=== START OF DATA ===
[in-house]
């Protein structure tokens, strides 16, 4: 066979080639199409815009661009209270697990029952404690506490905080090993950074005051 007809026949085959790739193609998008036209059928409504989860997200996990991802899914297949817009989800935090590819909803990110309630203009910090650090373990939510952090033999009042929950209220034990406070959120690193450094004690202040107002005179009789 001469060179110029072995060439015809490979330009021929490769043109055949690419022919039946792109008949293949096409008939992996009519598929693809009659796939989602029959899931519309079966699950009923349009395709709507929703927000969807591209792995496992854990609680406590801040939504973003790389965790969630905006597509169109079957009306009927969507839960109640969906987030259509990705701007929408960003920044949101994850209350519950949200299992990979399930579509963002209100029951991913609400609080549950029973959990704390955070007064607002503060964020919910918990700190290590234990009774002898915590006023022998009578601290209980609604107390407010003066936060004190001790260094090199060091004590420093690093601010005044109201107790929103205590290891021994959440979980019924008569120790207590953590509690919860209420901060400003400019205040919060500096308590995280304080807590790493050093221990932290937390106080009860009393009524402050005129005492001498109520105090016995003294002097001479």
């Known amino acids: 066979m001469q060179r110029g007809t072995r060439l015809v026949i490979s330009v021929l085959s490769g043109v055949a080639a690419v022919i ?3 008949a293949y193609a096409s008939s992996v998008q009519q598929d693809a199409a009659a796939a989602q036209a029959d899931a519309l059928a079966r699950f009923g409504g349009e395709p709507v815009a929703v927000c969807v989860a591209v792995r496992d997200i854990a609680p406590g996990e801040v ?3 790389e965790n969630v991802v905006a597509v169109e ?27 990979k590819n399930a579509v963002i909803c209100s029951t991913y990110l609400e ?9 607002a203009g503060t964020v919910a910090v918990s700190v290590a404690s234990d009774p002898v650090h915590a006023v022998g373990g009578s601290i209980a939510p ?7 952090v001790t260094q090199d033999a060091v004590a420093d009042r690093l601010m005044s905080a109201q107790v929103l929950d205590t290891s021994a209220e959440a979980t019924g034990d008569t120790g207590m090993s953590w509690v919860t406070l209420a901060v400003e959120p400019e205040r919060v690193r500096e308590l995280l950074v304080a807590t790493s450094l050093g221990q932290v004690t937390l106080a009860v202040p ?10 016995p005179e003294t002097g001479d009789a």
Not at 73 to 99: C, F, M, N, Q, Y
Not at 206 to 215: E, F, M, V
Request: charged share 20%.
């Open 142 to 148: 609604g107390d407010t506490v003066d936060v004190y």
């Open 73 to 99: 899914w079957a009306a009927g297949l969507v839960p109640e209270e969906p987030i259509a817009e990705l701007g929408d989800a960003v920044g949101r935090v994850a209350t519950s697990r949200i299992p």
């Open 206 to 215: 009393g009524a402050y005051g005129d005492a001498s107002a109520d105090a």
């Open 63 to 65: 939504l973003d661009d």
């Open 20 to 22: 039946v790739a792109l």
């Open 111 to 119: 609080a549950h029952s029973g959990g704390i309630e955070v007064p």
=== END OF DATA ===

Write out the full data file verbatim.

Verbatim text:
[in-house]
């Protein structure tokens, strides 16, 4: 066979080639199409815009661009209270697990029952404690506490905080090993950074005051 007809026949085959790739193609998008036209059928409504989860997200996990991802899914297949817009989800935090590819909803990110309630203009910090650090373990939510952090033999009042929950209220034990406070959120690193450094004690202040107002005179009789 001469060179110029072995060439015809490979330009021929490769043109055949690419022919039946792109008949293949096409008939992996009519598929693809009659796939989602029959899931519309079966699950009923349009395709709507929703927000969807591209792995496992854990609680406590801040939504973003790389965790969630905006597509169109079957009306009927969507839960109640969906987030259509990705701007929408960003920044949101994850209350519950949200299992990979399930579509963002209100029951991913609400609080549950029973959990704390955070007064607002503060964020919910918990700190290590234990009774002898915590006023022998009578601290209980609604107390407010003066936060004190001790260094090199060091004590420093690093601010005044109201107790929103205590290891021994959440979980019924008569120790207590953590509690919860209420901060400003400019205040919060500096308590995280304080807590790493050093221990932290937390106080009860009393009524402050005129005492001498109520105090016995003294002097001479």
């Known amino acids: 066979m001469q060179r110029g007809t072995r060439l015809v026949i490979s330009v021929l085959s490769g043109v055949a080639a690419v022919i ?3 008949a293949y193609a096409s008939s992996v998008q009519q598929d693809a199409a009659a796939a989602q036209a029959d899931a519309l059928a079966r699950f009923g409504g349009e395709p709507v815009a929703v927000c969807v989860a591209v792995r496992d997200i854990a609680p406590g996990e801040v ?3 790389e965790n969630v991802v905006a597509v169109e ?27 990979k590819n399930a579509v963002i909803c209100s029951t991913y990110l609400e ?9 607002a203009g503060t964020v919910a910090v918990s700190v290590a404690s234990d009774p002898v650090h915590a006023v022998g373990g009578s601290i209980a939510p ?7 952090v001790t260094q090199d033999a060091v004590a420093d009042r690093l601010m005044s905080a109201q107790v929103l929950d205590t290891s021994a209220e959440a979980t019924g034990d008569t120790g207590m090993s953590w509690v919860t406070l209420a901060v400003e959120p400019e205040r919060v690193r500096e308590l995280l950074v304080a807590t790493s450094l050093g221990q932290v004690t937390l106080a009860v202040p ?10 016995p005179e003294t002097g001479d009789a």
Not at 73 to 99: C, F, M, N, Q, Y
Not at 206 to 215: E, F, M, V
Request: charged share 20%.
């Open 142 to 148: 609604g107390d407010t506490v003066d936060v004190y």
């Open 73 to 99: 899914w079957a009306a009927g297949l969507v839960p109640e209270e969906p987030i259509a817009e990705l701007g929408d989800a960003v920044g949101r935090v994850a209350t519950s697990r949200i299992p």
């Open 206 to 215: 009393g009524a402050y005051g005129d005492a001498s107002a109520d105090a």
């Open 63 to 65: 939504l973003d661009d």
């Open 20 to 22: 039946v790739a792109l």
């Open 111 to 119: 609080a549950h029952s029973g959990g704390i309630e955070v007064p």